In most car commercials, cars themselves are hardly the focus of the story, like in Mercedes-Benz’s 2017 commercial (below), in which a man driving a convertible inadvertently blocks in a motorcycle gang hanging out at the local bar. This ad is about the life that happens to be centered around the vehicle. Transit has plenty of material to work with there, too.
The Toronto Transit Commission, using “high-brow” culture in partnership with Canada’s National Ballet, built a great set of scenes that felt like hooks for a larger story for viewers to follow. TTC filmed with the ballet’s dancers on platforms, trains, and streetcars, elevating transit to art itself, as well as the means to get to art.
As the one above and the others in the series show, there’s no need to shout TRANSIT at viewers. But transit blends so seamlessly into the storyline that it feels natural for dancers to bust out some moves on train platforms.
Tug those heartstrings
Hyundai (below) tapped the ever-reliable sense of patriotism by connecting three soldiers with their families at the game, allowing them to watch it together virtually. Audi (also below), aware of the turbulent cultural climate, asserted a commitment to equal pay between men and women by reflecting on the future of the narrator’s daughter as she wins a soap-box derby.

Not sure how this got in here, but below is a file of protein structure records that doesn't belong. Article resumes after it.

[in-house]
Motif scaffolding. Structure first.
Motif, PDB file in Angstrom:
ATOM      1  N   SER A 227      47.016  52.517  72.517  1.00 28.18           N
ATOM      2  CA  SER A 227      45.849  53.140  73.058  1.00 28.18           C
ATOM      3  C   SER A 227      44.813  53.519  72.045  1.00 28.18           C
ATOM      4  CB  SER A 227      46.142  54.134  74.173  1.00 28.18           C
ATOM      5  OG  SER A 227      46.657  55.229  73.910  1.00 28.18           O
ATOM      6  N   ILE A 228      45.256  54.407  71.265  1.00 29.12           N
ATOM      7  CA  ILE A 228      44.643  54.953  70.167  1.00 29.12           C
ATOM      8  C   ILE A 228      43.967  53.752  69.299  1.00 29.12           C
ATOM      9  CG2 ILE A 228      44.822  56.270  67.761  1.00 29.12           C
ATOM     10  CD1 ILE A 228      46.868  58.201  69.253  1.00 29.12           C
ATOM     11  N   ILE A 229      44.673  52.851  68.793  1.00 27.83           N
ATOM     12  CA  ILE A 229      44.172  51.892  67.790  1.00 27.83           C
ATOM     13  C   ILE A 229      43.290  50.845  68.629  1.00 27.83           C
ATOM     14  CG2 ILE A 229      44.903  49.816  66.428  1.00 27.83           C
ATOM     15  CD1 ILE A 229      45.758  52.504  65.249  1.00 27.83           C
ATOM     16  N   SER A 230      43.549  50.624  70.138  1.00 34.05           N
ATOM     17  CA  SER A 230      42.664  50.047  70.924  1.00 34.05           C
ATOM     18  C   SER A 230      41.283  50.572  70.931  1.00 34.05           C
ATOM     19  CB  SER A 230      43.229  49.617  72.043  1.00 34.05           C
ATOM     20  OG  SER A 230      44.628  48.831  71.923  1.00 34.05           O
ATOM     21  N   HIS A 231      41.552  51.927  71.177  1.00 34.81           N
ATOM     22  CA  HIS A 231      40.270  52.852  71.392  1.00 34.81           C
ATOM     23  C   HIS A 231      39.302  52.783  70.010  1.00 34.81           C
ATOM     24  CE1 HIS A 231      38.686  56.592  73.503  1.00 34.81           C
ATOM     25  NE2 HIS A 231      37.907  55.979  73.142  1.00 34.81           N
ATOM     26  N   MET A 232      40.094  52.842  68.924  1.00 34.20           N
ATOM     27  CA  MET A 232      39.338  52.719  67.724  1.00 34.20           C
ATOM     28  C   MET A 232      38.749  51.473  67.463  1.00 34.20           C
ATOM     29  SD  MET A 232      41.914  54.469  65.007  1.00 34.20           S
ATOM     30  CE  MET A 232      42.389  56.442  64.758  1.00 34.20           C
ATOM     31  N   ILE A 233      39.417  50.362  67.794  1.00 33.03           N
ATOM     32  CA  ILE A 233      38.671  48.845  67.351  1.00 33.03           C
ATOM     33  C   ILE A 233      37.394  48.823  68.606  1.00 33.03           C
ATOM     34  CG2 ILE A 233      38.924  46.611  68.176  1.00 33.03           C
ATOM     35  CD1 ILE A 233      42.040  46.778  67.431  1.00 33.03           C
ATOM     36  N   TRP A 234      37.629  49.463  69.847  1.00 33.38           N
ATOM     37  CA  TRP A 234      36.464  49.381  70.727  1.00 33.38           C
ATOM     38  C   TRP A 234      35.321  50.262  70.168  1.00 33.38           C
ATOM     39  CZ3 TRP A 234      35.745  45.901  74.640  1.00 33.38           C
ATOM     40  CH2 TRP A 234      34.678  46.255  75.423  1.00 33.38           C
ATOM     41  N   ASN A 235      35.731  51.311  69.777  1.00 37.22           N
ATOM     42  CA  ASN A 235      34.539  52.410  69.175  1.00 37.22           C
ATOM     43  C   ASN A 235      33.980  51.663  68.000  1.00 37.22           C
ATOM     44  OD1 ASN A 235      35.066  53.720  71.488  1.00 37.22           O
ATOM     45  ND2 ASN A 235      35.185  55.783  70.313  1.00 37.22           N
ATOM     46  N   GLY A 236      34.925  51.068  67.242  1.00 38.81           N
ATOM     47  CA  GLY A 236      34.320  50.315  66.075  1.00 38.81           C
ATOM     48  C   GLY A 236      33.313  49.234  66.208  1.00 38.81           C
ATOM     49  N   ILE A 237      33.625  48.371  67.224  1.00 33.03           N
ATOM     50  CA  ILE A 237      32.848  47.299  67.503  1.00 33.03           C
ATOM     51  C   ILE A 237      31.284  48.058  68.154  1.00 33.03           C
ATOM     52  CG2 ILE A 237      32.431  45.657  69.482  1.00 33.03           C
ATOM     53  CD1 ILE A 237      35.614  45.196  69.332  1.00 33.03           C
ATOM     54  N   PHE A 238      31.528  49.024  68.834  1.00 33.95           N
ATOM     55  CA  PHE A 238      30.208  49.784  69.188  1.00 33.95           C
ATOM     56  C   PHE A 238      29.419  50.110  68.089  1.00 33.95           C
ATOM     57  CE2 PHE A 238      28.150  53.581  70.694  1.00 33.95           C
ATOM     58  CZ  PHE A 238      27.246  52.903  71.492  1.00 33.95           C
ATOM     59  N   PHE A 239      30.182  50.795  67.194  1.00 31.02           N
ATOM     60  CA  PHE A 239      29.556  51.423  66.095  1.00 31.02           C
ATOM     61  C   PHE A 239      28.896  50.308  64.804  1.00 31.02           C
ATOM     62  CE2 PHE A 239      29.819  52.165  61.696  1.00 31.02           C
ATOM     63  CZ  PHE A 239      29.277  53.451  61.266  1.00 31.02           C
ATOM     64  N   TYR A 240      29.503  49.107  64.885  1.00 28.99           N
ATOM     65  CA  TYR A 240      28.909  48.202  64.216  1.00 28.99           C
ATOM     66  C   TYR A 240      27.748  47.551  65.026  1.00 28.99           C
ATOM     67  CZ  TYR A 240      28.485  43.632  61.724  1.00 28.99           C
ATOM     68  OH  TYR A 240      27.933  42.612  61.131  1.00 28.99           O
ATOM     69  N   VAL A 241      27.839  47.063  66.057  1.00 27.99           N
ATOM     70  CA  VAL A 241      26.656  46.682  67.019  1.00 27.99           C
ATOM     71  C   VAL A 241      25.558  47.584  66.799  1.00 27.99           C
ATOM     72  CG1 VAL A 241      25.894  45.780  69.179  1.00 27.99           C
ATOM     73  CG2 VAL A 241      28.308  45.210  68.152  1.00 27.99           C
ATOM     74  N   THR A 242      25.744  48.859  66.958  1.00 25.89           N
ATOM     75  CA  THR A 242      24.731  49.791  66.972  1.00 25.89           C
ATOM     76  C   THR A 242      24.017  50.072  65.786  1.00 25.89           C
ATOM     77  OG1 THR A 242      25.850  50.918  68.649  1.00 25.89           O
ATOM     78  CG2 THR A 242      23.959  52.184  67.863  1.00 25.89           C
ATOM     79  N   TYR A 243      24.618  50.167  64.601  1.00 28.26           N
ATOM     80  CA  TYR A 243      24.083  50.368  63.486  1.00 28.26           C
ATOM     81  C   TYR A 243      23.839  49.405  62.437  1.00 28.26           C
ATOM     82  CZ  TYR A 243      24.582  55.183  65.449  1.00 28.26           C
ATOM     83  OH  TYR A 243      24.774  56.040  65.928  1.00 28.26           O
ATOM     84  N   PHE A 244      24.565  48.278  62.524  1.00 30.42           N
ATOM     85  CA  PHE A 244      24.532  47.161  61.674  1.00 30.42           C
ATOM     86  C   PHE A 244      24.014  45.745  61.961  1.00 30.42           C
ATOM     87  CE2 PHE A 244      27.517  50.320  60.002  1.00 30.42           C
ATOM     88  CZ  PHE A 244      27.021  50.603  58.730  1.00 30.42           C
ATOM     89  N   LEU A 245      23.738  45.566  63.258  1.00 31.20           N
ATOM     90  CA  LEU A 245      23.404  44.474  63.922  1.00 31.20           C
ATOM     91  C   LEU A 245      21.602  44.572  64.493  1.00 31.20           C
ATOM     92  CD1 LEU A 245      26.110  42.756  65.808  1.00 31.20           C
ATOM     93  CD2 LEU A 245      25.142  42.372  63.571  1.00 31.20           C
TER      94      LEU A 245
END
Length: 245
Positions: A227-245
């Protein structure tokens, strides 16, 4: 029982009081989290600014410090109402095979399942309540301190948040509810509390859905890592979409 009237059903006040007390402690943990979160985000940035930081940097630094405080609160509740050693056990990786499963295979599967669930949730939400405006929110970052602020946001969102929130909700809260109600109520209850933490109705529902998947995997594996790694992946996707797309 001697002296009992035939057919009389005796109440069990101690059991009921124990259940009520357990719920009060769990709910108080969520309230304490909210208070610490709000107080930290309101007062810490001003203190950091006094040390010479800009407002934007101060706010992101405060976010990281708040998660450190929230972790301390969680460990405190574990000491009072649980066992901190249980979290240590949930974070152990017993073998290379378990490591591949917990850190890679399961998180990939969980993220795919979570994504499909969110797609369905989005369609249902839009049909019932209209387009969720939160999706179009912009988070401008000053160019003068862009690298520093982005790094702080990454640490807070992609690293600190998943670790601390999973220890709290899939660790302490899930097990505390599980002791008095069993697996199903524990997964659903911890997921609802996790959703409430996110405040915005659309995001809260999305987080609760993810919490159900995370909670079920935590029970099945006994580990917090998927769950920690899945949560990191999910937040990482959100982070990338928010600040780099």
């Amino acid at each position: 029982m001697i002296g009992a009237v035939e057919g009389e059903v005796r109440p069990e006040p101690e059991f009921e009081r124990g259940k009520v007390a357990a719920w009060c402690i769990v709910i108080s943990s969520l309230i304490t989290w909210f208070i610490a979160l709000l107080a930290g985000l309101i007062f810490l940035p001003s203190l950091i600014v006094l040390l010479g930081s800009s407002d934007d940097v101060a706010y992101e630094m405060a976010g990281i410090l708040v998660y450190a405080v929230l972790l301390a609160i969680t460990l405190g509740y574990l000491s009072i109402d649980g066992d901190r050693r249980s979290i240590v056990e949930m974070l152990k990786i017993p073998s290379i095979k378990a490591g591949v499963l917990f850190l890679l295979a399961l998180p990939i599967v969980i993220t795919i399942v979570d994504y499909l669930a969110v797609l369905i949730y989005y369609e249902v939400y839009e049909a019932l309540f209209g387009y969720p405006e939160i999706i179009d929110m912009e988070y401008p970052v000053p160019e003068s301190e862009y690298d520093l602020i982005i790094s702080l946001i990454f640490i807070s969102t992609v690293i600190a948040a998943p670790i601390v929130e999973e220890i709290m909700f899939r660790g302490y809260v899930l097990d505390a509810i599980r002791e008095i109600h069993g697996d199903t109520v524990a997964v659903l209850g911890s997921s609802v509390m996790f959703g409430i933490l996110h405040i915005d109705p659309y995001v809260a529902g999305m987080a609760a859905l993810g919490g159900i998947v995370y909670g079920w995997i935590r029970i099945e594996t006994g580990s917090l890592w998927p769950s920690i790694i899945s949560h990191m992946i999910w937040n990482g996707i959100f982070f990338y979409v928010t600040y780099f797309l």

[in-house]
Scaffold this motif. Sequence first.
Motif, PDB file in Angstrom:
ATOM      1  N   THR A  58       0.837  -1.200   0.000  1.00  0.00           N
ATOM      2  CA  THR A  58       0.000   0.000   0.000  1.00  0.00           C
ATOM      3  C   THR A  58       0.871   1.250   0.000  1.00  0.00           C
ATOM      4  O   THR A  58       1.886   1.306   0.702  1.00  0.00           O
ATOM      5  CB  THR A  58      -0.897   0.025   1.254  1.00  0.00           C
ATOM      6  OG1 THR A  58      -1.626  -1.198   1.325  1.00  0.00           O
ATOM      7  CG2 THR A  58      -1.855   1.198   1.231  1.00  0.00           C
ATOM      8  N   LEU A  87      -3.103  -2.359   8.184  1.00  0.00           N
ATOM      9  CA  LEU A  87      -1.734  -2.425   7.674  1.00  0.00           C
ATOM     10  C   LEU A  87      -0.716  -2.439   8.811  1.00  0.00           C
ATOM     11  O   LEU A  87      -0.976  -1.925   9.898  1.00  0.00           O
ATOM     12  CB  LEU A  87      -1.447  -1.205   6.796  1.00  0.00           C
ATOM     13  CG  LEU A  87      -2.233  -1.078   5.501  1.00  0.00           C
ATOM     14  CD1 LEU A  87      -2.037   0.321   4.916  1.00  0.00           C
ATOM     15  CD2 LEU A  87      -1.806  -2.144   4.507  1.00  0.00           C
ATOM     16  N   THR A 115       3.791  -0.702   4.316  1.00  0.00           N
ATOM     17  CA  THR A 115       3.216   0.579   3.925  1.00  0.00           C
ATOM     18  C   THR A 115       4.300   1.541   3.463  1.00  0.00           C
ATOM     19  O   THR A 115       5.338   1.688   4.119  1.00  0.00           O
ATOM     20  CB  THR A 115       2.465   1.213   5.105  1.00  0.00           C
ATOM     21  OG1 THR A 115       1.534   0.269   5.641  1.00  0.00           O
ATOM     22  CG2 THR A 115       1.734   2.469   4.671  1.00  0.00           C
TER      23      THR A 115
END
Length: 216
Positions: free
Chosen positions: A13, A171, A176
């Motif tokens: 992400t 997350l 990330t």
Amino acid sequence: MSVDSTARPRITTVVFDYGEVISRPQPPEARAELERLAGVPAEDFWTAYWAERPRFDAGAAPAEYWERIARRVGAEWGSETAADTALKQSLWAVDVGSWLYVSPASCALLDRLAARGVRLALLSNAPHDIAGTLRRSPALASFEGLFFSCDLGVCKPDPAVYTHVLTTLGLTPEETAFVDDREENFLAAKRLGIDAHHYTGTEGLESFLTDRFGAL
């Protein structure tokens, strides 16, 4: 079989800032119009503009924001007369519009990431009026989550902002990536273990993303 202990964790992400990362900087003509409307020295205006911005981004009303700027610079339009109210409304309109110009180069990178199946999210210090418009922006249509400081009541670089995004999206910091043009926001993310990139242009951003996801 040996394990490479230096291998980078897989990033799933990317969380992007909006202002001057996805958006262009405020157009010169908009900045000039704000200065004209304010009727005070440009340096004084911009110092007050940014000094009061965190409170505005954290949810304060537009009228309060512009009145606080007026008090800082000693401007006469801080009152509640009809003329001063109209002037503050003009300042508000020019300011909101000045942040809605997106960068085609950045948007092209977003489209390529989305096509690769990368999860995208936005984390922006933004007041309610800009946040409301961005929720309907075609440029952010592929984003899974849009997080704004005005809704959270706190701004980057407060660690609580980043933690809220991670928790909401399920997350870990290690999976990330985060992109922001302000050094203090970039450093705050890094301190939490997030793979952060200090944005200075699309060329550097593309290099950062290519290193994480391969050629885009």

Again, these commercials didn’t involve adults driving in real-life situations at all. Instead, they suggest that supporting those companies by buying their products supports these values you care about. If something like this strikes the right tone, transit agencies have the stories to really show their value here.
Relationships – familial, platonic, or romantic – are reliable tropes, and they are abundant in the transit world. Considering real couples actually get married on the buses where they meet, transit agencies have an emotional side that they can and should show to build their audience.
The Orange County Transportation Authority made riding the bus a family-bonding experience in a short video (below) where a little girl plans a day out for her skeptical parents. This commercial not only showcased how many attractions in Orange County are accessible by bus, but that riding the bus – and avoiding driving and parking headaches – makes spending time with family even better.
Find your voice
Car companies have mastered brand-building, and that’s on wide display during the Super Bowl. Transit agencies have begun to figure out their own messaging, but have a long way to go to have the same voice and influence as automakers in public discourse.
Public discourse influences multiple layers of decision-making, from choosing a bus ride over driving to electing officials who will focus on equity in mobility rather than promoting the use of single-occupancy vehicles. Establishing a positive narrative around transit is key to increasing support for equitable mobility.
If mass transit can find its voice in the transportation narrative, it will go a long way in giving people better options to get around.
- Where are all the Super Bowl-esque ads about public transportation?
- Transit should be uncluttered onboard and in its advertising
Photo by Ford.